Then we all dig in and eat away, always making sure to make space around the table for the Leftover Brigade.

When I’m away and I think of family dinners, I always invariably have a picture of this hot pot in the centre of our old round table, with all the fresh goodies waiting to be cooked, and everyone digging into a communal pot, serving food to others.

It is much more than just a meal, for it has a strong social element to it. So it is not surprising then that we’ve tried to replicate it some 9,000 miles away from home, among friends!

The fish balls and meat balls might have been store bought; ditto the fish paste (although we did the stuffing of the foo zhook and tau pok ourselves). The pot might have been a bit too big, running on a portable gas stove. But it was all good! We made the soup from scratch, like Mum, and the thinly sliced beef was from a Korean market and quite heavenly. We ate slowly, savoured the many bottles of wine at our disposal, and let the pot and conversation warm up a cool February night.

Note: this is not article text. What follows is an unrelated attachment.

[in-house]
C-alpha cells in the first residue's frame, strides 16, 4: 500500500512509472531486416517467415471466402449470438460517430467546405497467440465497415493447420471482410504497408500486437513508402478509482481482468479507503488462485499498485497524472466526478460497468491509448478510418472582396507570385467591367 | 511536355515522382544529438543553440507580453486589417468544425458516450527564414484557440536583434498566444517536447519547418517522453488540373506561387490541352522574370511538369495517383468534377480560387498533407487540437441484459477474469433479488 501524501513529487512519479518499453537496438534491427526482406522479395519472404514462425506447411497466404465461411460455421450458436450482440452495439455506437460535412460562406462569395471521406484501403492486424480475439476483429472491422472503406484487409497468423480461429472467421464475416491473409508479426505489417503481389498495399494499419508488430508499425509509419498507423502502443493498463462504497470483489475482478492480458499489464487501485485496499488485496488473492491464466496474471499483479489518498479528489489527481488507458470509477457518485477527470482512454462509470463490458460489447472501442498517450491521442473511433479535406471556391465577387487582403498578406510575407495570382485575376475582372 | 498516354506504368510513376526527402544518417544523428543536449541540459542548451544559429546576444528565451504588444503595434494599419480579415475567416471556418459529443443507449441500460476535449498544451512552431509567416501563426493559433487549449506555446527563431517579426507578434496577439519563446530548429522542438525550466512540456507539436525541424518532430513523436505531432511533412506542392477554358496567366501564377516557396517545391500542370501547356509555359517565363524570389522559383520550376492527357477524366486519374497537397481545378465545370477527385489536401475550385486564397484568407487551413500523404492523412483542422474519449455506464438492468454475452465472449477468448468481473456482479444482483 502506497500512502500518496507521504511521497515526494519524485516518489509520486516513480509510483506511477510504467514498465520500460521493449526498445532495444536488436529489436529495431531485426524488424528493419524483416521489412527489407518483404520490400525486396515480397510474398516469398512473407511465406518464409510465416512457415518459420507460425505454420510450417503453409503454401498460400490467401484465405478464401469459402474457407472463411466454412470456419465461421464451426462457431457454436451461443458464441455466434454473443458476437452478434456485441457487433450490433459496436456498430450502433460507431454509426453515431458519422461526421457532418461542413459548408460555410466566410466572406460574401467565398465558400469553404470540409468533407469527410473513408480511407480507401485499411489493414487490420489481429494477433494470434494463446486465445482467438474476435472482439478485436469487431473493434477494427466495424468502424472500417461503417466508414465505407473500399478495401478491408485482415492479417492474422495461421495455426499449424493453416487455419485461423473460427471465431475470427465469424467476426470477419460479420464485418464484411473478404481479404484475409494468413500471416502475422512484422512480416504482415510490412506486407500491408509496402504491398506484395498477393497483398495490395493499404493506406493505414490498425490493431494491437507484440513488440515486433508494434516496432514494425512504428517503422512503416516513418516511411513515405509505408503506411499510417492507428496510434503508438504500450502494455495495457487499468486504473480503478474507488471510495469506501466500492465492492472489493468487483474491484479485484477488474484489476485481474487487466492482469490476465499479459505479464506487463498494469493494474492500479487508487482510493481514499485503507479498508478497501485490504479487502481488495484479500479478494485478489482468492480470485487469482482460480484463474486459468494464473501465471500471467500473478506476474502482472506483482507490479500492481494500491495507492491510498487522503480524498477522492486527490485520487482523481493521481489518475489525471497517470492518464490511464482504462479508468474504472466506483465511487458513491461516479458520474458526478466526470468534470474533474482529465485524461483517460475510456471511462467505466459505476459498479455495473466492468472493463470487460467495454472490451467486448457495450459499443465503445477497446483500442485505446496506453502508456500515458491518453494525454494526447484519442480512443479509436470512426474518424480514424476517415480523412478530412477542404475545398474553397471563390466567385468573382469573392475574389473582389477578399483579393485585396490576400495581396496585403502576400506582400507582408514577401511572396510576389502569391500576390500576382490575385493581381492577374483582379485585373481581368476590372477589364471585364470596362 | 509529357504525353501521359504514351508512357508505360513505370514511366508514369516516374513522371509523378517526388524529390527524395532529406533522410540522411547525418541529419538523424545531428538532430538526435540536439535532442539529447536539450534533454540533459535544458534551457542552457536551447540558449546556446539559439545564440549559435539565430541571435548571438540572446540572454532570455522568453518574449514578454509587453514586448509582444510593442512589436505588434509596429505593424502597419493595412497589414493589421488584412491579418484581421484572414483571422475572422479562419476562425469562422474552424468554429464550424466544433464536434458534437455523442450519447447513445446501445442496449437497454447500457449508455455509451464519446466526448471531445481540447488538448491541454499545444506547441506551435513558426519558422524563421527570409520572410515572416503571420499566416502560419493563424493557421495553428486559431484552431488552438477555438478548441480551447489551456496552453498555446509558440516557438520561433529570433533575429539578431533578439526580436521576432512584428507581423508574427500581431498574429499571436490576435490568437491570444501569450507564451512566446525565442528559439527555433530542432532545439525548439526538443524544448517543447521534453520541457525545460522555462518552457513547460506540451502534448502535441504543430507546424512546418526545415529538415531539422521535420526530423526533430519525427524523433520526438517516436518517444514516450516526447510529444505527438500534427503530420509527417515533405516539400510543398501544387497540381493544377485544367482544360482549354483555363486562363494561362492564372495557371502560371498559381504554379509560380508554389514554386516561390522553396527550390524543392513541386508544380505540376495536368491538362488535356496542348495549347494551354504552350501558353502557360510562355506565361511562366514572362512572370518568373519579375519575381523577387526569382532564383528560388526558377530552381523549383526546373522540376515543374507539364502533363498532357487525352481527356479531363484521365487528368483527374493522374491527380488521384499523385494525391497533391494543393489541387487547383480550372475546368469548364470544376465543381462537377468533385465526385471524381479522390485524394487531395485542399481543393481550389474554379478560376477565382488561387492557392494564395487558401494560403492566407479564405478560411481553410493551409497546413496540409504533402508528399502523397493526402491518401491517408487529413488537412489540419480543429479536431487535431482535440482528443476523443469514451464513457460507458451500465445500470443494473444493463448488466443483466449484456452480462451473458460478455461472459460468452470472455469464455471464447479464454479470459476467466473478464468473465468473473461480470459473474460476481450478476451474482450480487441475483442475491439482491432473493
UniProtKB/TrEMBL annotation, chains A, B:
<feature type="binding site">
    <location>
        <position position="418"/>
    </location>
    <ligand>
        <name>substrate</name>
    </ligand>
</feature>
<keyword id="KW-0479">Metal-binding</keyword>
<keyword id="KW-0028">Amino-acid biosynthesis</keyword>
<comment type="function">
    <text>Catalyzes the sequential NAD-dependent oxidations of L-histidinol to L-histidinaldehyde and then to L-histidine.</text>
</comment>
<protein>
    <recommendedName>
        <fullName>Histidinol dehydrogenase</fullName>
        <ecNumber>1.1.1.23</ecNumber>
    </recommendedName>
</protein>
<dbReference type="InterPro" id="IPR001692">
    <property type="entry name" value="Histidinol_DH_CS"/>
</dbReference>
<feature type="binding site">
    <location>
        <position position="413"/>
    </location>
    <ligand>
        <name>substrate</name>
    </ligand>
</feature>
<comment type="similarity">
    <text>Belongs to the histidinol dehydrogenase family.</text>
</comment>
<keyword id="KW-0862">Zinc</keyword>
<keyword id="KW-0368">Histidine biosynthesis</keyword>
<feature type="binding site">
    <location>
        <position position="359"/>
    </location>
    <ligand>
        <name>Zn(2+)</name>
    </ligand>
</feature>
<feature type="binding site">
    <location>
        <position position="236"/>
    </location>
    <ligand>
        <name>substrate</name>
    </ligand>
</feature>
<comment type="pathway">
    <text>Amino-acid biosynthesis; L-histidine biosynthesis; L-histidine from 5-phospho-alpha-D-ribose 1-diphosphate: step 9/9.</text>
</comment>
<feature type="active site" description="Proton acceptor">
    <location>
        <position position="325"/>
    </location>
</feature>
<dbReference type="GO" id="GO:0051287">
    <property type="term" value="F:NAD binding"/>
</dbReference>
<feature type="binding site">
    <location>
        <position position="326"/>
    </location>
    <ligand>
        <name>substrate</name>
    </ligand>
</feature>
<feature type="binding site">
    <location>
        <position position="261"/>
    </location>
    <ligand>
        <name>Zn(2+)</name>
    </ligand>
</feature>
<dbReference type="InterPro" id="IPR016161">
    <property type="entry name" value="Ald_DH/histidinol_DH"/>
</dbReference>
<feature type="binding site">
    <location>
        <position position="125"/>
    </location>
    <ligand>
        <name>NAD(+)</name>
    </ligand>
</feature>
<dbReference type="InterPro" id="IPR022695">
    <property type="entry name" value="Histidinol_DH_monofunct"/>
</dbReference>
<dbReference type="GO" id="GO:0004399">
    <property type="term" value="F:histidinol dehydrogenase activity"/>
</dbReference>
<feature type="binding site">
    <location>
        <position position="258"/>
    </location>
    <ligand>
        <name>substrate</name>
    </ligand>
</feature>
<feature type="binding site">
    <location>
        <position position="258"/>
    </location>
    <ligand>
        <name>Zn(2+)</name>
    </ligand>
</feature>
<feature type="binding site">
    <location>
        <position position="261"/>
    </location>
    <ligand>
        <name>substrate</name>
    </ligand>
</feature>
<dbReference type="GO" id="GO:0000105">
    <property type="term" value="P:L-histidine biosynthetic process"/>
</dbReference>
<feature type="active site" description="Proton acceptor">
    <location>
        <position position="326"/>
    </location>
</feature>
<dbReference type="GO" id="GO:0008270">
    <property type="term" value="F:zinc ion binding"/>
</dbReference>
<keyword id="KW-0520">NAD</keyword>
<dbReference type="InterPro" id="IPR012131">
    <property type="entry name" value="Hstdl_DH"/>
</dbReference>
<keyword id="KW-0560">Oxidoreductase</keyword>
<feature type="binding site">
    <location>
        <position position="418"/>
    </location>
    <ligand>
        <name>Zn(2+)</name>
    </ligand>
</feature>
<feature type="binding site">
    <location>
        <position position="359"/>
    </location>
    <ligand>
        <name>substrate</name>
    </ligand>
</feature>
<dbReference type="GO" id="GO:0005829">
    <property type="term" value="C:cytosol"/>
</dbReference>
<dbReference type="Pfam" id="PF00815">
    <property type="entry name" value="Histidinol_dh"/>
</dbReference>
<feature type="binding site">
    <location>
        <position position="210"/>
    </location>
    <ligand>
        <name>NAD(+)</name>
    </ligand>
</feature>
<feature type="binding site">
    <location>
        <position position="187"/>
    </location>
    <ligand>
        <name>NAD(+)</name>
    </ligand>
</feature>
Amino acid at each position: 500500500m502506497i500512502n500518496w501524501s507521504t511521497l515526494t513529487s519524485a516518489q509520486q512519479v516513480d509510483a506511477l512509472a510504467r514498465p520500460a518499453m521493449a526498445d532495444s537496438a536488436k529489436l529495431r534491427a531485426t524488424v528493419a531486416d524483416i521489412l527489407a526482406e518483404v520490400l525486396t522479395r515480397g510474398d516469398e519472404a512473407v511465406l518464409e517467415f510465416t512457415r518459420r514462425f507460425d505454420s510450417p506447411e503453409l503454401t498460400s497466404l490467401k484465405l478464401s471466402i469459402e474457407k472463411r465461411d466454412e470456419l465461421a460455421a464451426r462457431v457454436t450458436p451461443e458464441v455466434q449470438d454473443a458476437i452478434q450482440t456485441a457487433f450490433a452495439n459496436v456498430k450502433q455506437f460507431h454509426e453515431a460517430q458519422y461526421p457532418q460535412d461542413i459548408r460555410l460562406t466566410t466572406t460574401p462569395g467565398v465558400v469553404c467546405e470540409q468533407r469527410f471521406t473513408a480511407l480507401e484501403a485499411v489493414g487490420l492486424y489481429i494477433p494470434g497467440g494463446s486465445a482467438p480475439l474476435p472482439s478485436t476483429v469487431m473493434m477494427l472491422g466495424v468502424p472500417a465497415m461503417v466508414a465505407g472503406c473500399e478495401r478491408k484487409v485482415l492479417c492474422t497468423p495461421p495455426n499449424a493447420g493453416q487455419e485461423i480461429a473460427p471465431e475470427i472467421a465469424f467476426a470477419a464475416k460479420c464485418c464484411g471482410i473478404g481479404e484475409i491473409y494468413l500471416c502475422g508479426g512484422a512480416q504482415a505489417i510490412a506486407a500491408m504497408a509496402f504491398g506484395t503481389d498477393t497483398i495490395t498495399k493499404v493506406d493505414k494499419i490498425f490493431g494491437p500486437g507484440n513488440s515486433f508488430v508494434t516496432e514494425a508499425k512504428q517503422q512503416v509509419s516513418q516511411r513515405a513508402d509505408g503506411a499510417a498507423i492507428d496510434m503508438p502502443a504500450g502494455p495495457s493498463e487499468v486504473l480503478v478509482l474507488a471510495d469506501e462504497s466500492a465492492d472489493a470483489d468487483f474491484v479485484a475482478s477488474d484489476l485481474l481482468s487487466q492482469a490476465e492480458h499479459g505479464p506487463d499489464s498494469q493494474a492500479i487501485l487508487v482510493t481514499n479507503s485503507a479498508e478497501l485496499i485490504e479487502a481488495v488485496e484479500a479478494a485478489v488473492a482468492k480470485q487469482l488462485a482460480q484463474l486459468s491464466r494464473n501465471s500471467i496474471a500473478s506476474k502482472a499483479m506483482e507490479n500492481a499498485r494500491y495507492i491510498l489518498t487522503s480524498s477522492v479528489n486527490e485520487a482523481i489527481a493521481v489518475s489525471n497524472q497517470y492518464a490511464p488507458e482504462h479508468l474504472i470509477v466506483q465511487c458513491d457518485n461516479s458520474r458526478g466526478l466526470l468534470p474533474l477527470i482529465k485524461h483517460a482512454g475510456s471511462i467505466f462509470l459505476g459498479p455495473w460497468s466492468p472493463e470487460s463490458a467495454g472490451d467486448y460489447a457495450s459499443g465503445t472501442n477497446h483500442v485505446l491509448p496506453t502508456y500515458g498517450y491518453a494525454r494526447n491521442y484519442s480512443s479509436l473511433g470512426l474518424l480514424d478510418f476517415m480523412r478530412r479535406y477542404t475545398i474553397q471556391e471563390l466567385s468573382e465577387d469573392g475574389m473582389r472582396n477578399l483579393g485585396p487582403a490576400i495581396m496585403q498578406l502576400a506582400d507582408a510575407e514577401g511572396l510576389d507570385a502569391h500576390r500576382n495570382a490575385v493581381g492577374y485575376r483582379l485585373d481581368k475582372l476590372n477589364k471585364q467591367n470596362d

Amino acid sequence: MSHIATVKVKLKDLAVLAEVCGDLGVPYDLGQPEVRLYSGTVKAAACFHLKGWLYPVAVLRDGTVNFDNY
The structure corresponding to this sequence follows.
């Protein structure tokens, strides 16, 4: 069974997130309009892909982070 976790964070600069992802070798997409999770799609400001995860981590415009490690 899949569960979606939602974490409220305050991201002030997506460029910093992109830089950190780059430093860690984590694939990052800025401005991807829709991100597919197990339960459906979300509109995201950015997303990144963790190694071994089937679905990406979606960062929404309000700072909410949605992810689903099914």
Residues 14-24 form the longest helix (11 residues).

Sunday, June 8, 2008

Bak zhang, steamboat and other seasonal goodies

Today (Sunday June 8, 2008) is the fifth day of the fifth month of the Chinese lunar calendar, which is the Duan Wu Jie (端午节), also known as Dragon Boat Festival. For many, the occasion is marked chiefly by the making and eating of zhang (zongzi, 粽子) – glutinous rice and a variety of stuffing wrapped in bamboo leaves, and then steamed or boiled.

The quick and dirty history behind the festival is as follows. Upright Chinese scholar quits corrupt government. Wanders the country getting in touch with the people and writing beautiful poetry. Country’s capital falls to barbarians; scholar depressed; commits suicide by drowning as a form of protest against inept government (that’s what happens when you can’t join the opposition and contest in elections). People distraught. They throw glutinous rice into river so that bad creatures won’t eat dead scholar, under the theory that fragrant rice is better than rotting flesh. So, nowadays we eat bak zhang to remember this upright scholar. Well, actually, we eat them because they ARE YUMMY.